This past Monday I spent yet another pleasant afternoon at the Louis Armstrong House Museum in Corona, Queens. The house is closed on Mondays, but it was a special occasion. I was there to train as a volunteer docent, someone who would give guided tours of the house. Being a volunteer in service to Louis Armstrong is the fulfillment of a lifelong dream for me, because I could never repay my debt to the man who has given me so much, not only his music but his attitude towards life*.
The LAHM needs volunteers, but they are precise in their requirements: there’s an application form to fill out, an interview (pleasant but serious), references to provide, and several training sessions. The prospective volunteer is asked to make a six-month commitment and offer her / his services to the LAHM for one day a week, 10-5. You can fill out the application online: thatsforme. Serious stuff, but they don’t let just anyone take care of holy places.
Yet it is absolutely uplifting to be allowed into Louis and Lucille’s house, to climb the stairs that they climbed, to see the mirrored bathroom and the dining room — with an Asian painting on the wall whose pictographs, translated, are PARADISE ON EARTH.
The extraordinarily shiny mid-century turquoise kitchen; the shiny mylar wallpaper (Lucille dug wallpaper and the insides of the closets are wallpapered in different patterns); the exhibit room with Louis’ gold-plated trumpet; the den where Louis spent much of his time listening to music, making his tape-recordings, talking on the telephone, practicing his trumpet, singing his songs. A portrait of Louis by Calvin Bailey; another by some Italian fellow.
One of the most touching aspects of a visit to the LAHM is the soundscape. (How could you have a tour of Louis’ world in silence? Impossible.) Moving from room to room, one hears excerpts from Louis’ homemade tape-recordings. Early on, Louis was thrilled by getting it all down “for posterity.” He knew his worth, and without immodesty, he knew that we would be listening to his life after he and Lucille were gone.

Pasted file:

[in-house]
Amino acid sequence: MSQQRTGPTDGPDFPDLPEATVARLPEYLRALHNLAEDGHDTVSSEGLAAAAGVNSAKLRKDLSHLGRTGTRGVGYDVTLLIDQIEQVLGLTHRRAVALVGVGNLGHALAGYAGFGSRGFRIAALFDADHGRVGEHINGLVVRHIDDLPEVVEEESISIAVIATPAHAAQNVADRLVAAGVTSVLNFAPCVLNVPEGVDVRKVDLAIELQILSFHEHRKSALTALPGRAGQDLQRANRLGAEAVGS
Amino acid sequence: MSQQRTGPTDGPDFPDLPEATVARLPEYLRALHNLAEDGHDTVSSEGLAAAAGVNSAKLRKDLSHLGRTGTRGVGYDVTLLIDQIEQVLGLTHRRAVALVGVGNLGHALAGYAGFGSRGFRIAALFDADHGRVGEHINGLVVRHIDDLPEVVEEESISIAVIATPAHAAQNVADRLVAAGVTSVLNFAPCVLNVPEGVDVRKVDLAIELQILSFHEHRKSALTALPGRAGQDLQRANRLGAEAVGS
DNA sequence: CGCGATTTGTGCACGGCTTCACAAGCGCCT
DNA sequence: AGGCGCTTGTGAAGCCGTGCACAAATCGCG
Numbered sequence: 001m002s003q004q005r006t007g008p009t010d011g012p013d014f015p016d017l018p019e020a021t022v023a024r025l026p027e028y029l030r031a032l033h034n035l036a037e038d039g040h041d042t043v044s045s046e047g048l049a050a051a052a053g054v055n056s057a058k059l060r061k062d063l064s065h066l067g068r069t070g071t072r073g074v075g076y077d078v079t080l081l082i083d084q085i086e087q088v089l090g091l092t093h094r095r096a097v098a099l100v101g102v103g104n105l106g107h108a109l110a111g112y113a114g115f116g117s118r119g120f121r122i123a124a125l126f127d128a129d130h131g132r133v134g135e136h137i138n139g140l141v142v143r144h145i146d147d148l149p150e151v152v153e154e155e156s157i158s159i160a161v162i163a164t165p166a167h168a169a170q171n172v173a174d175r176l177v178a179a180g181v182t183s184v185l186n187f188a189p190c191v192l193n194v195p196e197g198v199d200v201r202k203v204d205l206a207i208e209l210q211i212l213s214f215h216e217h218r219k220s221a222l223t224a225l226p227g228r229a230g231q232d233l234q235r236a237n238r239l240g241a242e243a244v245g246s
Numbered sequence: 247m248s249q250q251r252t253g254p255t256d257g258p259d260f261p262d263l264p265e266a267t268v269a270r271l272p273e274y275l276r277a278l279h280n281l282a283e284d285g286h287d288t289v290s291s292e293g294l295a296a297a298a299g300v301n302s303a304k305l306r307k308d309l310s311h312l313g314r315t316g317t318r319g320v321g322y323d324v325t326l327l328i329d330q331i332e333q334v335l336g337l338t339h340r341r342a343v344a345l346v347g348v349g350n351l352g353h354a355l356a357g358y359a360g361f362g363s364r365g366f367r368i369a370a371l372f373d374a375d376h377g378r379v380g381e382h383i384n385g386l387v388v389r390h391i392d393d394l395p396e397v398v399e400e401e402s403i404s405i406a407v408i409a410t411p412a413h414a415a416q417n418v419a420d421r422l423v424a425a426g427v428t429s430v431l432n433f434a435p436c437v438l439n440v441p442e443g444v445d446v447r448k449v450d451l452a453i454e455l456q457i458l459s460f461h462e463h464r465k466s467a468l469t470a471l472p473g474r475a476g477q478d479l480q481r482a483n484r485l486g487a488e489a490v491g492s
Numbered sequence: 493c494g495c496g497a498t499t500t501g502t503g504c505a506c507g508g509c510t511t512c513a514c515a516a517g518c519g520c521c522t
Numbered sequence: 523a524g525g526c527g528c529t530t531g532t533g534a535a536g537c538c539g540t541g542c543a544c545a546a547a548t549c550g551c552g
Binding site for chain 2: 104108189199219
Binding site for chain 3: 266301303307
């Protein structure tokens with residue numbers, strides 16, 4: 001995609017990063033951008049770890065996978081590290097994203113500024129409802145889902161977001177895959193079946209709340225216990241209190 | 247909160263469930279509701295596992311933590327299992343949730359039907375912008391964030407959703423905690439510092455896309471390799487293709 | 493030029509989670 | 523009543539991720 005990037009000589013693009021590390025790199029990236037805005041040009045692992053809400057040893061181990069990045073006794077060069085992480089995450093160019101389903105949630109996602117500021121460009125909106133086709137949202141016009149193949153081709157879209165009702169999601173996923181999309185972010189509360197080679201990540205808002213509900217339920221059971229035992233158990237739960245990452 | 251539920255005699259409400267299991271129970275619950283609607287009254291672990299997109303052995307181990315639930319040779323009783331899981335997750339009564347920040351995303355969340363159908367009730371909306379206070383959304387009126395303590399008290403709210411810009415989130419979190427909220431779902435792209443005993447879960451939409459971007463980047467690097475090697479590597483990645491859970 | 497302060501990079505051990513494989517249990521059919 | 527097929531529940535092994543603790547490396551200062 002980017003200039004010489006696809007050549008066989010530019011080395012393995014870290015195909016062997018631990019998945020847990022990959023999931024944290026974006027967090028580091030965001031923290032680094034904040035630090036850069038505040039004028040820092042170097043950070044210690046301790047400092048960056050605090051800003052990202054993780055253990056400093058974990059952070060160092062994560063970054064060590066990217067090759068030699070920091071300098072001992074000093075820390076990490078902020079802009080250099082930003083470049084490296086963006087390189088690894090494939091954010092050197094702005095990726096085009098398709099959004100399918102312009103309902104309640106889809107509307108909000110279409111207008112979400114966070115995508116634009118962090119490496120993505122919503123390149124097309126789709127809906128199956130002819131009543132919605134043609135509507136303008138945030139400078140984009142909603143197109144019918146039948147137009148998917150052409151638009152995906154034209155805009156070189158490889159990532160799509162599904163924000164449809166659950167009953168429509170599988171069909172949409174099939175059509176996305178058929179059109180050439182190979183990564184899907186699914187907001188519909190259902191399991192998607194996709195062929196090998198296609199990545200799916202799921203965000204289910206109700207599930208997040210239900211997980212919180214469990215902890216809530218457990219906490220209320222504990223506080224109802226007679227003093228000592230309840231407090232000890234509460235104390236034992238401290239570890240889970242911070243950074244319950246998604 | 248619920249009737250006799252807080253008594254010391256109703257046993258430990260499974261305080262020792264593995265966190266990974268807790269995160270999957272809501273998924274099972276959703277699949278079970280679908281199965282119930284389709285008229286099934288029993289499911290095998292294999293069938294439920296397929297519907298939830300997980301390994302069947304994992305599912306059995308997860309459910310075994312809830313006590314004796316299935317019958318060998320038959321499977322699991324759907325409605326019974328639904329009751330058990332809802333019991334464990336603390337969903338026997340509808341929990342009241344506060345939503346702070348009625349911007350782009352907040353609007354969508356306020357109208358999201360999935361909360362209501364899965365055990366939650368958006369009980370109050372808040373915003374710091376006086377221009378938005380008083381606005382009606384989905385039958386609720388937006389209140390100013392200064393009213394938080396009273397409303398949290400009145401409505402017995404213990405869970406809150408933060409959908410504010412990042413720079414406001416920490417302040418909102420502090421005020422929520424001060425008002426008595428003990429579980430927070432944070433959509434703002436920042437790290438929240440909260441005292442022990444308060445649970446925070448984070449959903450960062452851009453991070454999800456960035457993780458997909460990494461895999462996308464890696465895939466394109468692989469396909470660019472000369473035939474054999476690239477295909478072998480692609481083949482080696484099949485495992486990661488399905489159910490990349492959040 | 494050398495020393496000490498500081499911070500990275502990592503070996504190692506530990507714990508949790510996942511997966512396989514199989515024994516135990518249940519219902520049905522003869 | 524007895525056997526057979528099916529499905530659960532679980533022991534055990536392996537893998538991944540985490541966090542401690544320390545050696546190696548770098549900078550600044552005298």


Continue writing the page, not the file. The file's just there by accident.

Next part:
I heard, once again, the sweet story of how, when Louis and Lucille were newly married in 1942, she wearied quickly of “the road,” of living out of suitcases, and decided that the new couple should have a home. She knew of a house in Corona, Queens, for sale — even then a comfortable blue-collar neighborhood, but one in which African-Americans were welcome — and purchased it without Louis having seen it. He was on the road perhaps 300 nights a year.
When he was going to be in New York, Lucille told him about the house and gave him the address. Very early one morning in 1943, Louis caught a cab and had the driver take him to an 34-56 107th Street in Corona, Queens.
Because he hadn’t seen any photographs of the house and it seemed extremely grand to him, he asked the driver to wait there, in case there was some mistake. He climbed the steps that I climbed on Monday, rang the doorbell, and there stood Lucille, in her dressing gown, as pretty as a woman could be, saying the words every man or woman longs to hear, “Welcome home, honey.”
Louis couldn’t believe this was his home at first, but he was convinced. And he lived in this house with his wife until his death in 1971.
I write all this with a lump in my throat — for gladness, because Louis is my hero. I told Michael Cogswell this (because I had the same feelings while in the House), “Louis is my saint and we try to be his apostles.”
You may not want to be a docent at the House — that’s fine. Some of my readers will find the commute to Corona a bit taxing. But if the idea appeals to you, click wonderfulworld.
But I encourage you to visit the Louis Armstrong House Museum and be in the spiritual presence of the man who changed and created so much of the music we love. You might want to absorb the aura of his great humanity, his generosity, his love for the music and his fellow men and women (including miniature Schnauzers). Or you might want to come and look at the wallpapers! (Lucille loved wallpaper and the house is a marvelous specimen of the best mid-century modern American interior decor, and that’s no stage joke.) Here’s the information you’ll need about the forty-minute tours: louis.
The LAHM also needs your financial support . . . but you don’t need me to tell you this. Become a member or make a contribution: swisskriss. These days, everyone’s bucket has a hole in it, but holes can be patched.
Just to get you in the mood, here is Louis performing that pretty song, HOME.
Louis and Lucille Armstrong loved their neighbors — the neighborhood kids ate ice-cream in the living room and watched Westerns on television. If they were alive today, they would be inviting friends to the house for good times.
The House itself welcomes you. Within its tidy rooms Louis and Lucille are alive.
Make a date with yourself and your Beloved to pay them a call in the most down-to-earth shrine you will ever visit.
*And here’s what I mean by Louis’ attitude toward life — I wrote about it some time ago: what-would-louis-do.